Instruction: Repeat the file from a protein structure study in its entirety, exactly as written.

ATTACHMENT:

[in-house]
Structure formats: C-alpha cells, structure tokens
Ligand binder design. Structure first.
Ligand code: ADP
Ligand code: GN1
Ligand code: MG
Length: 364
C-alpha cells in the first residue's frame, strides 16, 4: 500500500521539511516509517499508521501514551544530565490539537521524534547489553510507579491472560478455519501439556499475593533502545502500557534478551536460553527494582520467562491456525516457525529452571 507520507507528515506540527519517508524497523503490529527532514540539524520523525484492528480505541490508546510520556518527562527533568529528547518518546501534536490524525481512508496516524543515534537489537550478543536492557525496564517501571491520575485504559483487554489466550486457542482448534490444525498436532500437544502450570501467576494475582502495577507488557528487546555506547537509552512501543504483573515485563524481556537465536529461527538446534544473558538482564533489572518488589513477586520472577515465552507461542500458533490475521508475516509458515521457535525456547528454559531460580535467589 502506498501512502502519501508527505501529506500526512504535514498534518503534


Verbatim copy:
[in-house]
Structure formats: C-alpha cells, structure tokens
Ligand binder design. Structure first.
Ligand code: ADP
Ligand code: GN1
Ligand code: MG
Length: 364
C-alpha cells in the first residue's frame, strides 16, 4: 500500500521539511516509517499508521501514551544530565490539537521524534547489553510507579491472560478455519501439556499475593533502545502500557534478551536460553527494582520467562491456525516457525529452571 507520507507528515506540527519517508524497523503490529527532514540539524520523525484492528480505541490508546510520556518527562527533568529528547518518546501534536490524525481512508496516524543515534537489537550478543536492557525496564517501571491520575485504559483487554489466550486457542482448534490444525498436532500437544502450570501467576494475582502495577507488557528487546555506547537509552512501543504483573515485563524481556537465536529461527538446534544473558538482564533489572518488589513477586520472577515465552507461542500458533490475521508475516509458515521457535525456547528454559531460580535467589 502506498501512502502519501508527505501529506500526512504535514498534518503534